Try our beta test site
IMPORTANT: Listing of a study on this site does not reflect endorsement by the National Institutes of Health. Talk with a trusted healthcare professional before volunteering for a study. Read more...

Asymmetrical Gait Training After Pediatric Stroke

This study is currently recruiting participants. (see Contacts and Locations)
Verified January 2017 by Children's Hospital of Philadelphia
Information provided by (Responsible Party):
Children's Hospital of Philadelphia Identifier:
First received: April 5, 2013
Last updated: January 5, 2017
Last verified: January 2017
The purposes of this pilot research study are 1. To begin to test if two different types of physical therapy might have different results in children and adolescents who have had a prior stroke, and 2. To determine if either type of physical therapy causes changes in the brain signals that control leg muscles. All participants will receive physical therapy 3 times per week for 8 weeks. Half of the participants will receive typical physical therapy, such as walking practice, muscle strengthening, and balance training. Half of the participants will receive asymmetrical gait training physical therapy, which uses new technology to train each leg differently during walking practice. After enrolling, participants will be randomly assigned to the type of therapy. Measurements will be taken before, during, and after the 8 weeks of physical therapy. These include walking tests to measure symmetry, walking speed and daily step activity, and brain tests to measure the strength of the signals from the brain to the leg muscles. One blood test is also taken to identify if certain genetic factors affect how each child responds to the physical therapy.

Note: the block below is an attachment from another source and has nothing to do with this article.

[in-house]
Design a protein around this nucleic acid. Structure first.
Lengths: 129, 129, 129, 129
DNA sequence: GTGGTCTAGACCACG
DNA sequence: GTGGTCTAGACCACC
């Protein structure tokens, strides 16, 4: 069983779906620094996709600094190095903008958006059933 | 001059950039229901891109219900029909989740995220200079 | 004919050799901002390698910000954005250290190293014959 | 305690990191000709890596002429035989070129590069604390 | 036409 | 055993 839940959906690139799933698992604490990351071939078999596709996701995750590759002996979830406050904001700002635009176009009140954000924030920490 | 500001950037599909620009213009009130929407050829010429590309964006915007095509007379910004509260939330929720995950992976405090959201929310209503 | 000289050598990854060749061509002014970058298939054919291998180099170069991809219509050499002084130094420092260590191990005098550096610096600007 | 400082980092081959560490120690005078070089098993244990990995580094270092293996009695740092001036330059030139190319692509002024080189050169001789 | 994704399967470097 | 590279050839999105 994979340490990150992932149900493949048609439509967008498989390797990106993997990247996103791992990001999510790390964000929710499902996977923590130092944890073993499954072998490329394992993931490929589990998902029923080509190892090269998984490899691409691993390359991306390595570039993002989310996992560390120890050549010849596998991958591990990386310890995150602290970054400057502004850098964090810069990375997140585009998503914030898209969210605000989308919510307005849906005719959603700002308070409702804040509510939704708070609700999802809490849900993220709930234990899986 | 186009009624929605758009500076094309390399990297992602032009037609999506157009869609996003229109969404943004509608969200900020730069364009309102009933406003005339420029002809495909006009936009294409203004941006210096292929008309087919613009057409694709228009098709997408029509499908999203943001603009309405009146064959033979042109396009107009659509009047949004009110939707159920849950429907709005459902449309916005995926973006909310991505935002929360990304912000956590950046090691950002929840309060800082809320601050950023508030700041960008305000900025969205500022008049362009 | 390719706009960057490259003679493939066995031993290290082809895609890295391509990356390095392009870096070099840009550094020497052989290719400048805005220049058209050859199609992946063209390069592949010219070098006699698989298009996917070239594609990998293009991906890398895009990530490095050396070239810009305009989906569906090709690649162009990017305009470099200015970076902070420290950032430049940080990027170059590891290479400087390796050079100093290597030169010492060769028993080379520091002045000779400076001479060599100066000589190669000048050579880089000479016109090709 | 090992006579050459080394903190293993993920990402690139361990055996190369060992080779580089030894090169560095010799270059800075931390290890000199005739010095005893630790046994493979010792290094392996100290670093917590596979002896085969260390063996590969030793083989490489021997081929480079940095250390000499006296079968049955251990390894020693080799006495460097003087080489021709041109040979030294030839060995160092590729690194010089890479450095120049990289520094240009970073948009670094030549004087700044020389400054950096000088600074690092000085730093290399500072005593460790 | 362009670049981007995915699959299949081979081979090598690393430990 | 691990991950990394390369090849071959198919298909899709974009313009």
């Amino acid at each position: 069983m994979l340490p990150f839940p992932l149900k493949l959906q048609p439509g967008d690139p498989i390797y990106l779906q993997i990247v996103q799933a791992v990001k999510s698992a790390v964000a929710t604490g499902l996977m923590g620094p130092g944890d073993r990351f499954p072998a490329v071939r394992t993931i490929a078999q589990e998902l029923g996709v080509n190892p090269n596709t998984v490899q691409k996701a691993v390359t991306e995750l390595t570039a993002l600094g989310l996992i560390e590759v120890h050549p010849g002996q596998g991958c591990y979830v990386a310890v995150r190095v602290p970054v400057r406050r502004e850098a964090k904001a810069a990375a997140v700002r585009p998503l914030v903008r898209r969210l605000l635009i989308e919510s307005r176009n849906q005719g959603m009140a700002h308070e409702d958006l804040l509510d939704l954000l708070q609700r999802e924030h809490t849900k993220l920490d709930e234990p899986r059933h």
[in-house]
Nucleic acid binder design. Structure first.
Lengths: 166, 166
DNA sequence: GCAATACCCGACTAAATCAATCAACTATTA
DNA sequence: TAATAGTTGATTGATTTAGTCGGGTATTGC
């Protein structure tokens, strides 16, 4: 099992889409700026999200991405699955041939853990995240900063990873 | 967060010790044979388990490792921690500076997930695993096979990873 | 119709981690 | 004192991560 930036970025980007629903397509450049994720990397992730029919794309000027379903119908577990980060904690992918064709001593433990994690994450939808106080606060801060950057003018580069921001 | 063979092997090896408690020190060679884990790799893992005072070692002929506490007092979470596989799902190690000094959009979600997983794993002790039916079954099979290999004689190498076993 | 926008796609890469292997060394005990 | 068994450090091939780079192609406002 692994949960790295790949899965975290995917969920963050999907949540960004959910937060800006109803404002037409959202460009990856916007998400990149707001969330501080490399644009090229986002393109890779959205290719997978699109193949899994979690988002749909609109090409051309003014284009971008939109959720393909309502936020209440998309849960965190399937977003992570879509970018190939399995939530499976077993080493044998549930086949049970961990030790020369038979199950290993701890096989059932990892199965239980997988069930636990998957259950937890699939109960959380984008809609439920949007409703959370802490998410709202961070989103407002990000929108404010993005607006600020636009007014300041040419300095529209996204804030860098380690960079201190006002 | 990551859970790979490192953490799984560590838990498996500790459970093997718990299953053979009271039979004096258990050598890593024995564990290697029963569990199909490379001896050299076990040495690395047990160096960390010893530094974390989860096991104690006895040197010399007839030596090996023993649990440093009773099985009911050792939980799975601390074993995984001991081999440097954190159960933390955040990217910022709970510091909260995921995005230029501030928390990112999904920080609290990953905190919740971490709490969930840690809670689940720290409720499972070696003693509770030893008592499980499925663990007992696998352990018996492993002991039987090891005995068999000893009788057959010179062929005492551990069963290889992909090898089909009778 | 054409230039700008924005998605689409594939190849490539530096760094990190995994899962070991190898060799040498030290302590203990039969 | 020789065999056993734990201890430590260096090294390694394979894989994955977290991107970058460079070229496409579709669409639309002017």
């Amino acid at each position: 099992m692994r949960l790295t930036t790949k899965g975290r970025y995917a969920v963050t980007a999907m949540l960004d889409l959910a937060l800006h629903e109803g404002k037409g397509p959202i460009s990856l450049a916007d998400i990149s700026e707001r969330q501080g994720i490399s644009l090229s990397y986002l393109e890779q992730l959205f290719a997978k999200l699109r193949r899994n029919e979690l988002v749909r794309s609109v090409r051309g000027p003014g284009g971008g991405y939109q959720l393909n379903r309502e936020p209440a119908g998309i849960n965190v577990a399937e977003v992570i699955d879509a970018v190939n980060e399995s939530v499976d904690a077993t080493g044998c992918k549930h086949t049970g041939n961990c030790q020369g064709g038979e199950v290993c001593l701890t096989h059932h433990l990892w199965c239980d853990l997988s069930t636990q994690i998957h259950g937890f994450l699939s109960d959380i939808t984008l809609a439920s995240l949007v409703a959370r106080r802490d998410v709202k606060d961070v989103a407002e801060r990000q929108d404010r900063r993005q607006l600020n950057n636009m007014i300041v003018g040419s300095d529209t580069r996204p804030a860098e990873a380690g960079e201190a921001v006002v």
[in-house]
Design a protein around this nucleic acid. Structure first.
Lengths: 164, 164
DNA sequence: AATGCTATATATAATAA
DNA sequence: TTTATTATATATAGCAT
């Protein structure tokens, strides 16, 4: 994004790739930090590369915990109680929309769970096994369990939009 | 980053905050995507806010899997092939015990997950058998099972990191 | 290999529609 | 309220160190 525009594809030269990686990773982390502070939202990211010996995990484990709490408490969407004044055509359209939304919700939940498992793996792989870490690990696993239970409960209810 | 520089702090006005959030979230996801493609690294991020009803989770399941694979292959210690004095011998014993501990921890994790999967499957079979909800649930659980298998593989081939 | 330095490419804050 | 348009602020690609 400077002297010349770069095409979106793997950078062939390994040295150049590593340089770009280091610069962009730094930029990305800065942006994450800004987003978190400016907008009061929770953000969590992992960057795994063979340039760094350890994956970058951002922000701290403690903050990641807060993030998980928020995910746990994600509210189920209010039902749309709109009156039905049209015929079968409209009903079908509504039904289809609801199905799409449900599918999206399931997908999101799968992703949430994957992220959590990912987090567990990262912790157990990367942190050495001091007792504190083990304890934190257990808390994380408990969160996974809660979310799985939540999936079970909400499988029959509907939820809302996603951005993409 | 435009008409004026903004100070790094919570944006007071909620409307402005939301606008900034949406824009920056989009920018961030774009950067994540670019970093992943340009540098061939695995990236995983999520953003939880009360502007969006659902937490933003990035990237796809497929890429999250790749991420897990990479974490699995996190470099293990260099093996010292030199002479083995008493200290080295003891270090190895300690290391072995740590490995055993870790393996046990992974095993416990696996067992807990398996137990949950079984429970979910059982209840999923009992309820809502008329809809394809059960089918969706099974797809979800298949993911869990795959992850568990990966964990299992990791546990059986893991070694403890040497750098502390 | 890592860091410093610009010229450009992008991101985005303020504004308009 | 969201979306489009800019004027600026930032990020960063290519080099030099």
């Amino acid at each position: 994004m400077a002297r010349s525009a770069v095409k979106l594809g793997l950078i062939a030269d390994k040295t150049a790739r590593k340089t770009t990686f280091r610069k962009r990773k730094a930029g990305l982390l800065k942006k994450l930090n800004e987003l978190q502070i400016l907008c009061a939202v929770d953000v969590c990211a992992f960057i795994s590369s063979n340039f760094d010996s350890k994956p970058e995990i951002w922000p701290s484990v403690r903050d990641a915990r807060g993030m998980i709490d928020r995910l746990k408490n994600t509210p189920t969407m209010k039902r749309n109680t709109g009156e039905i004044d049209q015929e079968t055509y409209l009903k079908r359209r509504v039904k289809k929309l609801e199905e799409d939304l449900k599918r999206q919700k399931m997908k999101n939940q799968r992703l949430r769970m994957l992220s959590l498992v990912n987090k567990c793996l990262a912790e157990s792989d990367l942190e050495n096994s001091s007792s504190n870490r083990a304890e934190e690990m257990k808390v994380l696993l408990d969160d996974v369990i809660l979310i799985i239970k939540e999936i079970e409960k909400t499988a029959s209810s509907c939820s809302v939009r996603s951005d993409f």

Condition Intervention Phase
Behavioral: Conventional physical therapy
Behavioral: Asymmetrical gait training
Early Phase 1

Study Type: Interventional
Study Design: Allocation: Randomized
Intervention Model: Parallel Assignment
Masking: Open Label
Primary Purpose: Treatment
Official Title: Motor Outcomes and Neural Correlates of Asymmetrical Gait Training in Children With Acquired Hemiplegia

Resource links provided by NLM:

Further study details as provided by Children's Hospital of Philadelphia:

Primary Outcome Measures:
  • Change in walking symmetry [ Time Frame: before and after 8 weeks of therapy ]

Secondary Outcome Measures:
  • Change in walking speed [ Time Frame: before and after 8 weeks of therapy ]
  • Change in excitability of neural motor pathways [ Time Frame: before and after 8 weeks of therapy ]
  • Change in patient/parent satisfaction rating [ Time Frame: before and after 8 weeks of therapy ]
  • Change in community step activity [ Time Frame: before and after 8 weeks of therapy ]

Other Outcome Measures:
  • Changes in walking ability and cortical excitability measures (detailed above) [ Time Frame: before and after a 4 week baseline phase; before and after a 4 week withdraw phase ]

Estimated Enrollment: 12
Study Start Date: April 2013
Estimated Study Completion Date: December 2017
Estimated Primary Completion Date: December 2017 (Final data collection date for primary outcome measure)
Arms Assigned Interventions
Active Comparator: Conventional physical therapy
Includes traditional physical treatment, such as gait and balance training and muscle strengthening.
Behavioral: Conventional physical therapy
Active Comparator: Asymmetrical gait training
Includes walking on a split-belt treadmill with the belts moving at different speeds under each leg, alternated with overground walking training.
Behavioral: Asymmetrical gait training

Detailed Description: